Changes in the position of best focus over temperature are a major source of contrast degradation in the long-wave infrared. The prime sources of this focus shift are the difference between thermal expansion coefficients of lens material and housing material, and the change in refractive index over temperature ∂n/∂T. These parameters, combined with the limited depth of focus when using lenses for uncooled detectors, can rapidly degrade performance with changing temperature. Firstorder paraxial calculations to model these changes are discussed, with a demonstration of its application to single-element imaging systems. The model is then expanded to include two-element systems where both elements are made of the same optical material, or the more general case where different materials are combined. It is shown how a chalcogenide glasses are well suited for athermalization, and how a combination of material choice and optical prescription can lead to an improved passive optical athermalization scheme, i.e. stable performance over temperature with no moving components. The limits of the used model are discussed and examples given for various focal lengths.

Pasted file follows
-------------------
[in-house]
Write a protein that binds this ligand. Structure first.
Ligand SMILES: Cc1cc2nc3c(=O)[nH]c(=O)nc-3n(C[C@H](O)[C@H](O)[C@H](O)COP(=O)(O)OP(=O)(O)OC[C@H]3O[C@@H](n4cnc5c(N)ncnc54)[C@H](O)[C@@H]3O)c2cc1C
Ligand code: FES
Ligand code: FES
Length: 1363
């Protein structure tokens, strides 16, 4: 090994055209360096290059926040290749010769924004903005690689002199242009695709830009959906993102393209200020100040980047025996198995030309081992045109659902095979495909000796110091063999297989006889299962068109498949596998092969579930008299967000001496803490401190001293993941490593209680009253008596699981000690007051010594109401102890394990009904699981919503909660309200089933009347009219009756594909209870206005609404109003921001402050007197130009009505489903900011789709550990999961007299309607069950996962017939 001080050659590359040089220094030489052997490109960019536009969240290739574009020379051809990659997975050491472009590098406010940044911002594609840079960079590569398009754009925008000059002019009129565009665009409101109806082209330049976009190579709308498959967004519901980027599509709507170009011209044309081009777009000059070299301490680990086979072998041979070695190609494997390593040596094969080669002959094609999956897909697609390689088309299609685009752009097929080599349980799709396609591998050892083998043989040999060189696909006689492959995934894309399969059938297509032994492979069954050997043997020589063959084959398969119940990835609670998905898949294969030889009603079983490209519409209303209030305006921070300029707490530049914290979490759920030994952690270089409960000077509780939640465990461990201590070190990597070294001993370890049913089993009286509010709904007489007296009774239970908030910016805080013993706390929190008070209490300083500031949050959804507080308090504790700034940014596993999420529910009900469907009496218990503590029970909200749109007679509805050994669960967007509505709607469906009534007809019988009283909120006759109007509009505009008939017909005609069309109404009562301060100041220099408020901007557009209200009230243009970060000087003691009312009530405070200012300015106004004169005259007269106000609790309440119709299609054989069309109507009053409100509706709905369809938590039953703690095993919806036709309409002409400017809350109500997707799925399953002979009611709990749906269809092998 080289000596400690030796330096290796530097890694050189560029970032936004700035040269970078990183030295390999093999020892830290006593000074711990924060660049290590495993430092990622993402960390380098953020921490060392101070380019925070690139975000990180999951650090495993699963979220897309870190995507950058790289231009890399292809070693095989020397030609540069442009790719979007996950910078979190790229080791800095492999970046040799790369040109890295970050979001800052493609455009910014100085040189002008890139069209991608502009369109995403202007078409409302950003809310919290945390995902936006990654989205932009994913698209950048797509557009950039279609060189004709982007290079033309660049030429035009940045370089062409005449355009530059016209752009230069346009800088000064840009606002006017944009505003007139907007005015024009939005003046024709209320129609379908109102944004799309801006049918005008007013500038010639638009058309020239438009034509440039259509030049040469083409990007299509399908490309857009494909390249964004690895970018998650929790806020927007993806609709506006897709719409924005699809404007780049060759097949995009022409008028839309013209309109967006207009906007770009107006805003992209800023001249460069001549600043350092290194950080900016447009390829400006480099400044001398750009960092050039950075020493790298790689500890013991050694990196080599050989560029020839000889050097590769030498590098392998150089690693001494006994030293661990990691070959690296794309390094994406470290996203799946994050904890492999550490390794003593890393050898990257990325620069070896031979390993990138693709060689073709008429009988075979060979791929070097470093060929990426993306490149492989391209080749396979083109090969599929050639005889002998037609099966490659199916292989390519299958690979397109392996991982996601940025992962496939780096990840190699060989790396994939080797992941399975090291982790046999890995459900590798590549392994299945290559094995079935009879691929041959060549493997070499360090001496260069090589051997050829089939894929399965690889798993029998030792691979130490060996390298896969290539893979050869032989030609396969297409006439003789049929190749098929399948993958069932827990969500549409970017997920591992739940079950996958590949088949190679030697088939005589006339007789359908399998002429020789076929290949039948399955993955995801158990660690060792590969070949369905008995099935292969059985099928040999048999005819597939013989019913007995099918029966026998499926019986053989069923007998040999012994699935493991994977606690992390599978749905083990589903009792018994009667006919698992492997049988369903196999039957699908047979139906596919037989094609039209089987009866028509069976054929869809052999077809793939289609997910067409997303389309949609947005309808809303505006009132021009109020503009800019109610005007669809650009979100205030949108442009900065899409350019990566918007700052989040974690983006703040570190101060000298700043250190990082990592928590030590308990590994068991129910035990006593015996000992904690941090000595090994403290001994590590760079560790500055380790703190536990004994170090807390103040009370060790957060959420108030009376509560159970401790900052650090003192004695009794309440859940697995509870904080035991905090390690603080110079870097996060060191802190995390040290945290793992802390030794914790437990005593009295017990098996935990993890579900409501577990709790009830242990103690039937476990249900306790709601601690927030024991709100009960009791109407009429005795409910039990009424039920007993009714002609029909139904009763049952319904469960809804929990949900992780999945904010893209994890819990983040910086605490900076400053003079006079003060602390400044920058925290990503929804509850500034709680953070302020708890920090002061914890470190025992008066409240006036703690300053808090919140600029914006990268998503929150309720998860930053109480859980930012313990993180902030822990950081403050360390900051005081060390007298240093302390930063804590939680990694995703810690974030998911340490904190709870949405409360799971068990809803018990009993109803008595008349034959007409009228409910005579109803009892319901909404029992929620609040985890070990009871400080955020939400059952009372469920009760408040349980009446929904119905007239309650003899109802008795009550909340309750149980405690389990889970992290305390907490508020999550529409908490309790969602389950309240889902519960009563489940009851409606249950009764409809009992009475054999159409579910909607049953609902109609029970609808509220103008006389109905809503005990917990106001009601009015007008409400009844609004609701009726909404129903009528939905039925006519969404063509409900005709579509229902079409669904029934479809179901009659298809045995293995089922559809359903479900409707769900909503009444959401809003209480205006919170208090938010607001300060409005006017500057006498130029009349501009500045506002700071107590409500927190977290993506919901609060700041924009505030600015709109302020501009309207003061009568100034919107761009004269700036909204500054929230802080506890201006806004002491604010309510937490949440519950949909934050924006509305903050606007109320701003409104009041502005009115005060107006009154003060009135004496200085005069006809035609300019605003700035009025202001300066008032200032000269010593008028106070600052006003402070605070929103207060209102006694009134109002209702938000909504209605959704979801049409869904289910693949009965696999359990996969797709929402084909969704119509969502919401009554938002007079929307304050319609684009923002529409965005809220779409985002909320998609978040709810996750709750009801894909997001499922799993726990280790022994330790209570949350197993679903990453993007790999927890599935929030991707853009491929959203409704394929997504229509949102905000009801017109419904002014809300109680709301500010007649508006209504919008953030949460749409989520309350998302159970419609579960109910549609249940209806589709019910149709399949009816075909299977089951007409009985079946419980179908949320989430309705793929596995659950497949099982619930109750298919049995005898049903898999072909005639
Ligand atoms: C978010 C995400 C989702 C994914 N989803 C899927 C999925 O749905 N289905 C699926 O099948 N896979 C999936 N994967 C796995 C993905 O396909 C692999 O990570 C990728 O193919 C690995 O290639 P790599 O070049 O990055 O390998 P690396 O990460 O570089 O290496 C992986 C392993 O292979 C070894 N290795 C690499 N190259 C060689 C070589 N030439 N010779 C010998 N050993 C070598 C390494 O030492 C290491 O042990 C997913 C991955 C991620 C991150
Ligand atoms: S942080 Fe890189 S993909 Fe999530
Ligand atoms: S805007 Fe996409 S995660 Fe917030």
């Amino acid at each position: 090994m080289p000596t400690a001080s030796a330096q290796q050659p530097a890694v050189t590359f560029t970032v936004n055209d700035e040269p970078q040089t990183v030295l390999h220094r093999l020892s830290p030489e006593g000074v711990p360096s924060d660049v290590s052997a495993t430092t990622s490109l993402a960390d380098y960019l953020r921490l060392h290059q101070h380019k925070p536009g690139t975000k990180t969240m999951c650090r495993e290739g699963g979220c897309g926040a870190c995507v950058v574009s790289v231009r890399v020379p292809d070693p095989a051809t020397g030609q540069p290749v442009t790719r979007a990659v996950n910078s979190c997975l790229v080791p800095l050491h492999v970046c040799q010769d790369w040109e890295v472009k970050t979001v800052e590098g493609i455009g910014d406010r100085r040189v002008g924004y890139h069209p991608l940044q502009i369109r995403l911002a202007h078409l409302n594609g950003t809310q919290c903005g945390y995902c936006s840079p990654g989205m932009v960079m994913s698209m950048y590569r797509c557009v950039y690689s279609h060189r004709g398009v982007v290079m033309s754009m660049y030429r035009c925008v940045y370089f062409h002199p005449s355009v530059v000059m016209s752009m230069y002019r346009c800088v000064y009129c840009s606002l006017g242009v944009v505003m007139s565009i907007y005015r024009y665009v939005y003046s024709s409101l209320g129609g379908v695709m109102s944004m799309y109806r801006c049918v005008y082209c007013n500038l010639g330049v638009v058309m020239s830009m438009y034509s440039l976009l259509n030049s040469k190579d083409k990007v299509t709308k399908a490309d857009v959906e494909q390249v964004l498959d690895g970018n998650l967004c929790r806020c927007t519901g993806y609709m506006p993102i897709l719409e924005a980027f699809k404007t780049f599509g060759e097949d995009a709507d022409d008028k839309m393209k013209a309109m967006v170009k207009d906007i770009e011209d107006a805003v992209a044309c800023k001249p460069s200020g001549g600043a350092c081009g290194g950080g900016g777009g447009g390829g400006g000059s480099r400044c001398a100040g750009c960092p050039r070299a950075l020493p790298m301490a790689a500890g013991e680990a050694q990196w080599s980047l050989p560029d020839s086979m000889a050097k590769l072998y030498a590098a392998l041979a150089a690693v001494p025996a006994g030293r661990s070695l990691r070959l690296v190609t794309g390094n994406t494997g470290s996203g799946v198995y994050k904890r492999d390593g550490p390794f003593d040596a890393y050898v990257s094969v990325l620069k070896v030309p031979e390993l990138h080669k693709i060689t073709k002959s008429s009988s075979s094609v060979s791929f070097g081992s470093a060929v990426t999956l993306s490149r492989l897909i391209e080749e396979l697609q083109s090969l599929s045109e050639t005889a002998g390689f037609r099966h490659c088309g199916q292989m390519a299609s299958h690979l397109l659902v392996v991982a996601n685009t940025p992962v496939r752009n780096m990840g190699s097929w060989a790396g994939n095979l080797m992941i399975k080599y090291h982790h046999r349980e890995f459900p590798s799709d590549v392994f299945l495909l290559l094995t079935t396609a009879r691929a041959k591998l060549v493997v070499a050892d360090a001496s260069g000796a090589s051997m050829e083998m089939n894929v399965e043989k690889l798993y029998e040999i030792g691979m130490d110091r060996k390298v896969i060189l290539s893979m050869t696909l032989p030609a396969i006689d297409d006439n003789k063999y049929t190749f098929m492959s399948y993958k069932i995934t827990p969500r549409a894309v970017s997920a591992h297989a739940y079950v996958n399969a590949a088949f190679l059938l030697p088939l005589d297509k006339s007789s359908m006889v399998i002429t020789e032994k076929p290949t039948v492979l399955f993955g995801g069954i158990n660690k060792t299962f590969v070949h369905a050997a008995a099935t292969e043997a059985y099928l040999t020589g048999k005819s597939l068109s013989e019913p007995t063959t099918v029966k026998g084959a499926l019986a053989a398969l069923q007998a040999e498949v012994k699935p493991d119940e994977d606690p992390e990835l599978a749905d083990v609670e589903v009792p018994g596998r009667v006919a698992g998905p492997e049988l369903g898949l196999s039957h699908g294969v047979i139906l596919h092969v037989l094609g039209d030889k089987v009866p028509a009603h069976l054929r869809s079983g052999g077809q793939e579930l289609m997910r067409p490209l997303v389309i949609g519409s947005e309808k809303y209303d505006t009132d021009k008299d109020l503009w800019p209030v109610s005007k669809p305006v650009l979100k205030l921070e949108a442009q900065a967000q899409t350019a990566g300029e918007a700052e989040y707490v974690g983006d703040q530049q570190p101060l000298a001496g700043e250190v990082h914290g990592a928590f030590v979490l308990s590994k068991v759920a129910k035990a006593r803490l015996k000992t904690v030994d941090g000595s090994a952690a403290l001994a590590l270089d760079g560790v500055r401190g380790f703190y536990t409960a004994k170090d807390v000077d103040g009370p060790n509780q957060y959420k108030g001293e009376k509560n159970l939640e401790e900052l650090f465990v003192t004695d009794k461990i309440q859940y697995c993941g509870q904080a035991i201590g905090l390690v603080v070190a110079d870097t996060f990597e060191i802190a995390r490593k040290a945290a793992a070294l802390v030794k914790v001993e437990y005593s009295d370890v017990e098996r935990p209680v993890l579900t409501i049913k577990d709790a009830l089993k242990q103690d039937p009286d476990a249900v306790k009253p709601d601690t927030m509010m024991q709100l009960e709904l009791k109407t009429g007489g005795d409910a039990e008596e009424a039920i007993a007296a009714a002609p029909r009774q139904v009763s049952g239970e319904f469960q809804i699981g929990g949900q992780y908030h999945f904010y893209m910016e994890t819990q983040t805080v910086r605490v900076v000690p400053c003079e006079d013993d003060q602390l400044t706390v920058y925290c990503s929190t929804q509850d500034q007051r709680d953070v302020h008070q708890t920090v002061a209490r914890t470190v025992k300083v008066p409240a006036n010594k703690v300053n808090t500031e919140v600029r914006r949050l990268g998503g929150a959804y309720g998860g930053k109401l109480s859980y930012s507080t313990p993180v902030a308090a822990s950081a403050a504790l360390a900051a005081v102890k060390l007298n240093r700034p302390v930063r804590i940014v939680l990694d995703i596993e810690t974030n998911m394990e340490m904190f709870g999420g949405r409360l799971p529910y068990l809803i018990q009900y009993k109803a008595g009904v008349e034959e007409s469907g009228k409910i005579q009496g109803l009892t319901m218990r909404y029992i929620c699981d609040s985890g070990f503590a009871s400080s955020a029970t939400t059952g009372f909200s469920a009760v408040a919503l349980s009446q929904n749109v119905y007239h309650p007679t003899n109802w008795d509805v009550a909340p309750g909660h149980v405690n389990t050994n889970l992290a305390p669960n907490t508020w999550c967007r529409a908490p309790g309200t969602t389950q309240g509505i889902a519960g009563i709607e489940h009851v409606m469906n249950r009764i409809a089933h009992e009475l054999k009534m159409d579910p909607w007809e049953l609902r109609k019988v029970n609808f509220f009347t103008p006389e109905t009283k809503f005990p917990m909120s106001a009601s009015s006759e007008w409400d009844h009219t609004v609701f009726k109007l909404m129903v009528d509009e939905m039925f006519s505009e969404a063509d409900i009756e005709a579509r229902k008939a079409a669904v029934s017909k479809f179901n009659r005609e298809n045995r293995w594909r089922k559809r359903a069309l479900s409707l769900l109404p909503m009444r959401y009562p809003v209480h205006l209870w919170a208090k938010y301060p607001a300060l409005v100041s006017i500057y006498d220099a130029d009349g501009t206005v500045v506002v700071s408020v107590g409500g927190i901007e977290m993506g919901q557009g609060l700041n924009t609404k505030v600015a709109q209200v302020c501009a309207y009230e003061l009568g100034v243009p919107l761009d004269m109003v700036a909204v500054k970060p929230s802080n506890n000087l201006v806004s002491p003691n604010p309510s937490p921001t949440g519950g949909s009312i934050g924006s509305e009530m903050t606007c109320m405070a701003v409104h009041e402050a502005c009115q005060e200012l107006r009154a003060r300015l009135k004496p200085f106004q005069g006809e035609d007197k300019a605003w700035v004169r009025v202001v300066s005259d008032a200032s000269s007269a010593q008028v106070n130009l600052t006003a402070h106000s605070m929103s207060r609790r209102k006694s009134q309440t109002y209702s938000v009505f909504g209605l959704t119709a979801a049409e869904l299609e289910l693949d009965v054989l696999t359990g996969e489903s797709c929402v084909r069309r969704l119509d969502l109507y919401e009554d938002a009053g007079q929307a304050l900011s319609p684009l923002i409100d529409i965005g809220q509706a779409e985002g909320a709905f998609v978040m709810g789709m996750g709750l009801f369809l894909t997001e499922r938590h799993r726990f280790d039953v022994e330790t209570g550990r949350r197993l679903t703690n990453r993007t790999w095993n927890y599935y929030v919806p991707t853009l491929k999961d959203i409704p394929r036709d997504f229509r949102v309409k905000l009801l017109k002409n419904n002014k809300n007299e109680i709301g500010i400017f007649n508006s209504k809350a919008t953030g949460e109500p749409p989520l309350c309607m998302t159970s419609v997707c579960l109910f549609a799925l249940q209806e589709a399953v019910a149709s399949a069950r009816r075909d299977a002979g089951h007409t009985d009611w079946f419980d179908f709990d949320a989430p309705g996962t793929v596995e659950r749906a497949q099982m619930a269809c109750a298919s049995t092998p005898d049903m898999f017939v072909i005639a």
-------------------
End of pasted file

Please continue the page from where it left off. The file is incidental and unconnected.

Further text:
J. Verplancke, N. Schuster, and J. W. Franks, "Using material advances in chalcogenide glasses to improve imaging lenses in the 8-14 µm waveband," Proc. SPIE 10181, Advanced Optics for Defense Applications: UV through LWIR II, 101810E (Presented at SPIE Defense + Security: April 09, 2017; Published: 11 May 2017); https://doi.org/10.1117/12.2261995.
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